Coffee with a Portfolio Manager

In conversation with Raveena Thadani, a portfolio manager from Mumbai whose clients include women from all age groups. We decided to gain insights from her in the relationship between women and investing. Excerpts from the interview:

What is Portfolio Management in layman’s terms? 

Portfolio management refers to investing money in different places (stocks, fixed deposits, gold, etc.) The idea of portfolio management is to reduce risks and earn returns through diversification. A few places where you can invest money are shown below. To know about the other avenues of investment in detail stay tuned on our blog. 

What is diversification and why do we need to diversify ?

Diversification means dividing your money among different options of investments to reduce risk, because if one option isn’t performing well then your other option will be doing fine. Basically don’t put all your eggs in one basket. For example, during demonetization the real estate industry suffered a huge setback. So if you only invested in real estate, your investment would be worth nothing. 

Options of Investment

What do portfolio managers consider before investing?

They consider client’s income, their financial goals (new house/education/marriage/retirement), whether they have any children or dependents, their lifestyle and spending habits, insurance, age, urgency of money etc. before investing.

Portfolios of various age groups depending on priorities:

In your 20’s: The best age to start investing. At this age you can afford taking risks. So you can invest in the stock markets i.e in equity (or in equity mutual funds, if you do not have knowledge and time to invest directly in stock markets).

In your 30’s: You would have a stable job with a stable salary and you will have to think about your children’s future. This is the right time to invest in a good insurance plan. And you should ideally put 75% of your investment money in equity and 25% in debt*. This is probably the right time to start planning for retirement and including a good pension plan and investing in ELSS.

In your 40’s: Maintain your equity-debt ratio at 75:25. For your child’s higher education,start putting money in PPF (Public Provident Fund) and equity fund. It would be great to also include five-year fixed deposits in your portfolio.

In your 50’s: Your risk taking capacity is less as compared to your 20’s. Think of it like your adrenaline rush at 20 and at 50. At 20 you’d be willing to jump of a cliff or a plane but at 50 I don’t think you’d get on any plane without a seat belt! So at this age your seat belt are your savings in NSC, and other safe debt instruments that provide fixed returns in the future. 


What’s a good percentage of your monthly income to save?

There is no right percentage. It all depends on your age and disposable income that you can save. You should start in your 20’s because there’s not much pressure. You should consider investing as an expense, the way you would pay your phone bills.

How can housewives invest since they don’t earn?

Housewives are dependents. Instead of buying jewelry every year on Diwali, invest that money elsewhere. Invest it in a mutual fund. Just because you’re a housewife, you shouldn’t have that mentality that it’s not your job to create wealth. Even if you’re sitting at home, cut down on your expenses and invest it. Don’t just keep money lying at home. Your priority should be to invest money first and then spend.

What mistakes do women make when they start investing?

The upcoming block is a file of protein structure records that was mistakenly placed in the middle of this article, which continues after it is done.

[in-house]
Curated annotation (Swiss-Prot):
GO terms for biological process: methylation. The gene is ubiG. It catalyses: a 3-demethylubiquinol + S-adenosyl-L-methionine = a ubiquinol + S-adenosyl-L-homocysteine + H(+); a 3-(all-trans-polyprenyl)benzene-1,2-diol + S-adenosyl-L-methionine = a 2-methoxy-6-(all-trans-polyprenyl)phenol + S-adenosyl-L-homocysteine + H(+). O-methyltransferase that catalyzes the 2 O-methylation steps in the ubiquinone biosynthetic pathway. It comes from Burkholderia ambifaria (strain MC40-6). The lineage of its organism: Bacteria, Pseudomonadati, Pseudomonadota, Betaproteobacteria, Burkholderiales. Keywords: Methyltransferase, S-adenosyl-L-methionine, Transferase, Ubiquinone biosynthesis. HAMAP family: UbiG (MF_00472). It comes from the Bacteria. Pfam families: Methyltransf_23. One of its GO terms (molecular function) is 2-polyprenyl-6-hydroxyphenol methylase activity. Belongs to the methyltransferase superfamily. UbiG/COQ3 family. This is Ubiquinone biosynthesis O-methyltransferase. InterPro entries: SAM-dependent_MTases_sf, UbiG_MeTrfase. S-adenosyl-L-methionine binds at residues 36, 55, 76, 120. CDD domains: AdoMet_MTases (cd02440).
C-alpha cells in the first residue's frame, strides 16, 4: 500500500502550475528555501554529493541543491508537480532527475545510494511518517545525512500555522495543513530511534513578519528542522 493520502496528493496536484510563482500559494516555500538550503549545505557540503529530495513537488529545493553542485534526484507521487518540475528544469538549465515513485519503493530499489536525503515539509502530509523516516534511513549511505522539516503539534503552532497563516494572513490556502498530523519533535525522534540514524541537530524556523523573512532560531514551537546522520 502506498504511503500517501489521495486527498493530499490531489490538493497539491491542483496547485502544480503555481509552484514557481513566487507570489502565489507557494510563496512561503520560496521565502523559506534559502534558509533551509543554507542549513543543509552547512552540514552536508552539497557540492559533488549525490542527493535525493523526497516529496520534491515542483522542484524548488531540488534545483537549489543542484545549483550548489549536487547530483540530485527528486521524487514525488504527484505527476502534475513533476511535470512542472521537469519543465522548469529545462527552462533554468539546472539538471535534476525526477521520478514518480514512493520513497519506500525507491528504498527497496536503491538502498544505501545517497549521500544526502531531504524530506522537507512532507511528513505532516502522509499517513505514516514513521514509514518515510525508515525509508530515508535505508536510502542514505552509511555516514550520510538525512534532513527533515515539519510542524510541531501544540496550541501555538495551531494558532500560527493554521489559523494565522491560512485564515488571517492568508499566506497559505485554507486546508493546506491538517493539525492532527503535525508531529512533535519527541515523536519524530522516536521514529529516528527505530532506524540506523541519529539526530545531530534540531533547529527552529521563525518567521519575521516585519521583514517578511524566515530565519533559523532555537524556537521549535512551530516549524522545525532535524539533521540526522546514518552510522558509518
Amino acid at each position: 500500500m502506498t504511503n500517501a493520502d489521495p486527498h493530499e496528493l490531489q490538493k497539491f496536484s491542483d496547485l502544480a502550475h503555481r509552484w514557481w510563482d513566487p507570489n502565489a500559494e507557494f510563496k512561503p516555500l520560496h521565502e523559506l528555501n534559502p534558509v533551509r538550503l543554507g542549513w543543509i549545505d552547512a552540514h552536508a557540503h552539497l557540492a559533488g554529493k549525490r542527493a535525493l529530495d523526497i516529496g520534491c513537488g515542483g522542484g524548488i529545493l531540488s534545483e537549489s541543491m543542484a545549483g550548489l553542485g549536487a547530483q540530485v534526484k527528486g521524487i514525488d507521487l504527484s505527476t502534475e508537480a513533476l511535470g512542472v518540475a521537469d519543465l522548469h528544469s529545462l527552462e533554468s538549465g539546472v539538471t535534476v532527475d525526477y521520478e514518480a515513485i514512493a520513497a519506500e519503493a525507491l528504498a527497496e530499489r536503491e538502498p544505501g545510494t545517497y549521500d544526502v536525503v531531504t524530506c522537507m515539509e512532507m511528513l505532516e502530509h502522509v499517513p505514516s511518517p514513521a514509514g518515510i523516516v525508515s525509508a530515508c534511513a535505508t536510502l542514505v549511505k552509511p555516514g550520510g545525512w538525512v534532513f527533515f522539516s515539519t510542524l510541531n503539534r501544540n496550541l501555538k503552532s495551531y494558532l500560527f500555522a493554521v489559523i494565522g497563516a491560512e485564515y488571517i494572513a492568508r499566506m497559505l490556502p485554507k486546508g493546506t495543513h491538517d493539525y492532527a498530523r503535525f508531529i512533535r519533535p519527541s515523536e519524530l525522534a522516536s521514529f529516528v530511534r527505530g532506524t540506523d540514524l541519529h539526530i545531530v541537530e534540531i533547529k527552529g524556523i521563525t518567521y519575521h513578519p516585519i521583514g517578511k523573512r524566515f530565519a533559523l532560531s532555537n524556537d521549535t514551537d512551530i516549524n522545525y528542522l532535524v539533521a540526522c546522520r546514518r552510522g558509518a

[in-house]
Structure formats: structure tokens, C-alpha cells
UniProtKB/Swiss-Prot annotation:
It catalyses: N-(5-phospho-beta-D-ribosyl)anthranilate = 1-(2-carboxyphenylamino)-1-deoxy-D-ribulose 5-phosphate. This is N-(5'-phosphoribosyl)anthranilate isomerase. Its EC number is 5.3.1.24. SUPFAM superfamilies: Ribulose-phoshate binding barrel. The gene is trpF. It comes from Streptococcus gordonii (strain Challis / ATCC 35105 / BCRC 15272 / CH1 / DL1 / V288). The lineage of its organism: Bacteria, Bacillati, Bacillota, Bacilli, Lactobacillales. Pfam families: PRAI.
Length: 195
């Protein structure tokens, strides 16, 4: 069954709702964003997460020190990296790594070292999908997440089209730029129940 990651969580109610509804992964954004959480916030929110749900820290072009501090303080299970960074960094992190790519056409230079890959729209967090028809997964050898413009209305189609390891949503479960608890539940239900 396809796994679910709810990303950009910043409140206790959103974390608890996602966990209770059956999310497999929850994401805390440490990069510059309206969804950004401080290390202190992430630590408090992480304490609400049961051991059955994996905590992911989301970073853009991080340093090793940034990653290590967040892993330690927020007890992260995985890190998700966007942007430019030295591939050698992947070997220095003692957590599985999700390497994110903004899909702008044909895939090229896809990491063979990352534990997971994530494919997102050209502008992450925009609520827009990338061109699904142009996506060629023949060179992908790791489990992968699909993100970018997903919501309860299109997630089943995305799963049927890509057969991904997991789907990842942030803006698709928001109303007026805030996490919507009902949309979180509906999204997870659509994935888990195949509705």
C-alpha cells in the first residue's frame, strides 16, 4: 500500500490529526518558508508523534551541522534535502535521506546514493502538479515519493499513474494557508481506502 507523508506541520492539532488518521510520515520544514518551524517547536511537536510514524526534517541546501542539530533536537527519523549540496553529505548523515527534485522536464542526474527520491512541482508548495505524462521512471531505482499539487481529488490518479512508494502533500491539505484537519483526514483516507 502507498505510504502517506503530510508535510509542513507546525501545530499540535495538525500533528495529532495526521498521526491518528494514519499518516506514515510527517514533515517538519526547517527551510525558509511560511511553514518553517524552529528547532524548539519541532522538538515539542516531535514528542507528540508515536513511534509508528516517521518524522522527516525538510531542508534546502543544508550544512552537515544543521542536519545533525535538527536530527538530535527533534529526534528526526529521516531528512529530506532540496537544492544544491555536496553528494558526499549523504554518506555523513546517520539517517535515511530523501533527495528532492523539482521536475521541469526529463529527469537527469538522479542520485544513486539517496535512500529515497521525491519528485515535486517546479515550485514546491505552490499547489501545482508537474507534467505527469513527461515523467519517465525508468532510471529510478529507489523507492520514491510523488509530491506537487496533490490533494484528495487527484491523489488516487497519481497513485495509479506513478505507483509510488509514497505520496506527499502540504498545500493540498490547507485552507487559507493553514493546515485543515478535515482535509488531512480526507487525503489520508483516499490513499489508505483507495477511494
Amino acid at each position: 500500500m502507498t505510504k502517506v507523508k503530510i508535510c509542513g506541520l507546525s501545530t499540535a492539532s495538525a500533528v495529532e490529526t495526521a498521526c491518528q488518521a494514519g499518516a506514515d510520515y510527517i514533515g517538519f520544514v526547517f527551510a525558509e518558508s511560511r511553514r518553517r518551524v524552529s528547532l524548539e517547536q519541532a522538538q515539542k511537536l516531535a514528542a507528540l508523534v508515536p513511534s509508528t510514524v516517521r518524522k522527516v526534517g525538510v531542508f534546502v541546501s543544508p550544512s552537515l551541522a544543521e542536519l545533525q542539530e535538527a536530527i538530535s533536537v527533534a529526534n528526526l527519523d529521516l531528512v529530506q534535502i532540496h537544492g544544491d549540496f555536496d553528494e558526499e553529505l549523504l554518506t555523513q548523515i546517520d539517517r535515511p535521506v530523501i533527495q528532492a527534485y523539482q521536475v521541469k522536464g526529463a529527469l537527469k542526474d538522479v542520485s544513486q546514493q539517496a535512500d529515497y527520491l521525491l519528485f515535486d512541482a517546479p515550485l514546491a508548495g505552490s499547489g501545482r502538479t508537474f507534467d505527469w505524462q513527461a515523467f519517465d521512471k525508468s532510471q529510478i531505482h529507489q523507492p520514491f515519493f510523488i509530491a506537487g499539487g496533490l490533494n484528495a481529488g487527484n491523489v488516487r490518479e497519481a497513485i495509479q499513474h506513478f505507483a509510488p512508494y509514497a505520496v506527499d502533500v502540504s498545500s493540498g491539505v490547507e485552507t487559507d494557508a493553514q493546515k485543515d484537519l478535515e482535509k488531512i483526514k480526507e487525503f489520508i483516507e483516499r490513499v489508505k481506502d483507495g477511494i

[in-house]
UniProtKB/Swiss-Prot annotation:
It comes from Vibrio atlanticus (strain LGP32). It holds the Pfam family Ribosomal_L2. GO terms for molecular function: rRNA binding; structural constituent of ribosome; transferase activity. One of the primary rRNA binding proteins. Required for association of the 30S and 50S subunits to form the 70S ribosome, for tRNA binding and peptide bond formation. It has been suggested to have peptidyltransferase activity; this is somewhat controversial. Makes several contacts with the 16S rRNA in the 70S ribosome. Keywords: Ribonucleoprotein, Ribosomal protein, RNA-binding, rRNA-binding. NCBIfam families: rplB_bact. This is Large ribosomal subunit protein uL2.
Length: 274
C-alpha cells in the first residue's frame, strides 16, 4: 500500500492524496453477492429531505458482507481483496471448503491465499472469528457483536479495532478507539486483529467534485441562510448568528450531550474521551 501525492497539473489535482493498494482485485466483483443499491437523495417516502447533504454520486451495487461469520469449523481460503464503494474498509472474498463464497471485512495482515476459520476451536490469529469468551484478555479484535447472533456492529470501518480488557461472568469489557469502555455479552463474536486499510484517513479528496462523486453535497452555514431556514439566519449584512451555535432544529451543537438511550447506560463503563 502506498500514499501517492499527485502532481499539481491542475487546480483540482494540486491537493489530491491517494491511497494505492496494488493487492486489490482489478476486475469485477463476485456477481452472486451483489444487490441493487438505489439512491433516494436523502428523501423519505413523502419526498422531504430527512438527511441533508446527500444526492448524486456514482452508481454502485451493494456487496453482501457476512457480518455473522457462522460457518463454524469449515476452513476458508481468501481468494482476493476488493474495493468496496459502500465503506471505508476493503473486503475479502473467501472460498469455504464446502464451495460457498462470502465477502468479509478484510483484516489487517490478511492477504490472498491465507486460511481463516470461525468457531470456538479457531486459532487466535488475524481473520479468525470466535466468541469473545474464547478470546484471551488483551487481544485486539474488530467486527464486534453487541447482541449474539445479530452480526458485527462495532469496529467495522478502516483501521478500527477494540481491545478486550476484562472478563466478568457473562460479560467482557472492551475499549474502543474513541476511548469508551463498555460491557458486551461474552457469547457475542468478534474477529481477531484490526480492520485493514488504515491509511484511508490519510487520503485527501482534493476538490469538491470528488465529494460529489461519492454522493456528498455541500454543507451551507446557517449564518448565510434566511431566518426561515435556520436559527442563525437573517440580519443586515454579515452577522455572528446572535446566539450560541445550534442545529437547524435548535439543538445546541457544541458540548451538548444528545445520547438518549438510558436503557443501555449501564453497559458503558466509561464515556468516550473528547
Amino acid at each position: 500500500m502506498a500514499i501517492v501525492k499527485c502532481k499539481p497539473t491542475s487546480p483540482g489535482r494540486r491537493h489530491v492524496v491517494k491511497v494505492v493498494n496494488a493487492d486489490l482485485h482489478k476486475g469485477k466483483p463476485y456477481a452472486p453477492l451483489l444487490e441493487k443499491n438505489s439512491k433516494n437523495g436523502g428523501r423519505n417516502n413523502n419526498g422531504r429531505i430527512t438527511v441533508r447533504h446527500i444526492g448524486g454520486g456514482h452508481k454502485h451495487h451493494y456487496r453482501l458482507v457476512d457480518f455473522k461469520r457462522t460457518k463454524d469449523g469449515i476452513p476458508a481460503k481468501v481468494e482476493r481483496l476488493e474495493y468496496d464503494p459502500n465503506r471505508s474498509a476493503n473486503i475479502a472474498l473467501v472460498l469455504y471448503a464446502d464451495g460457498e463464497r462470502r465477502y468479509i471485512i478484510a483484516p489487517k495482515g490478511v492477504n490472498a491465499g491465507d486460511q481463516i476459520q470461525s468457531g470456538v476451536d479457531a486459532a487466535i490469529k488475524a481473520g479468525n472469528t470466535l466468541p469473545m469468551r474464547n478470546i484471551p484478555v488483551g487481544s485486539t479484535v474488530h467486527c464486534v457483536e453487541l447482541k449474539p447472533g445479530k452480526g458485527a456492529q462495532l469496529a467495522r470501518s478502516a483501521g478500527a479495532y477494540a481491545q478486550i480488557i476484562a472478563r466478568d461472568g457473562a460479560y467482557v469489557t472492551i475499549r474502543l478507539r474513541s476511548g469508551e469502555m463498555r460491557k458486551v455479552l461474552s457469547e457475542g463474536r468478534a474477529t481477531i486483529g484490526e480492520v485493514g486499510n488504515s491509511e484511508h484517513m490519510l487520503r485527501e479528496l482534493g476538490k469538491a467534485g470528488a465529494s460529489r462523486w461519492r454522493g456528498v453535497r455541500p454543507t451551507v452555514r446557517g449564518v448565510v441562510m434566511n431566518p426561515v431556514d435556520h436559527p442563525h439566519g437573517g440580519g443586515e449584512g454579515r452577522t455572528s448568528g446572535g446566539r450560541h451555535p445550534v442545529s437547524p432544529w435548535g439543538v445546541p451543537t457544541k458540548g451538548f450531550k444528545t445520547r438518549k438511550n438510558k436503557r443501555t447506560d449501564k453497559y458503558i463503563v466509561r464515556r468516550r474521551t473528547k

There’s not much awareness about investing and even if women do have some knowledge, they are scared to invest. They shouldn’t get intimidated by all the financial jargon.

How can widows or divorcees invest (if they don’t earn)?

When you receive your alimony or inheritance, you should invest part of it. Get a financial advisor right away. You need this money to keep up with inflation. Remember: 1 crore today is not the same as 1 crore 5 years later. And every woman should get medical insurance. You don’t want to get bombarded with medical bills in case something goes wrong. If you have dependents, only then take life insurance. There is no point in paying premiums for life insurance if you don’t have any beneficiaries

What should we invest in stocks/bonds/mutual funds/gold?

Mutual funds are your safest bet and they also provide good returns. Fixed Deposits give fixed returns but aren’t as good as stocks or mutual funds. Mutual fund returns beat inflation. This means that with time, your returns are at par or more than the inflation rate. And you always want to beat inflation.

Only invest in stocks if you can take risks and if you have the time or the resources to track them. If you lose your money in stocks, then the loss shouldn’t make a big dent in your lifestyle. Be very selective and keep track of what’s happening in the market and how it affects the company you’re investing in.

Any advice for someone just starting out?

Don’t have this mentality that you only need financial knowledge if you want to have a career in finance. Whether you’re a doctor or a teacher or a housewife or a yoga teacher, everyone needs to have basic financial knowledge. You need it for yourself. Also, don’t get discouraged if initially, your money doesn’t grow. Think long-term. Be patient. And always diversify but not too much. Because if you invest little-little in everything, then you won’t make sufficient returns.

*Investing in debt means investing in securities give fixed returns regularly such a bonds, debentures and investing in equity means investing in stocks that may or may not give profits but give you ownership benefits.Any questions for Raveena comment and let us know. (2)


Raveena Thadani, Graduated from Rutgers University with a majors in finance. Practiced portfolio management for 5 years at ING Private Banking.




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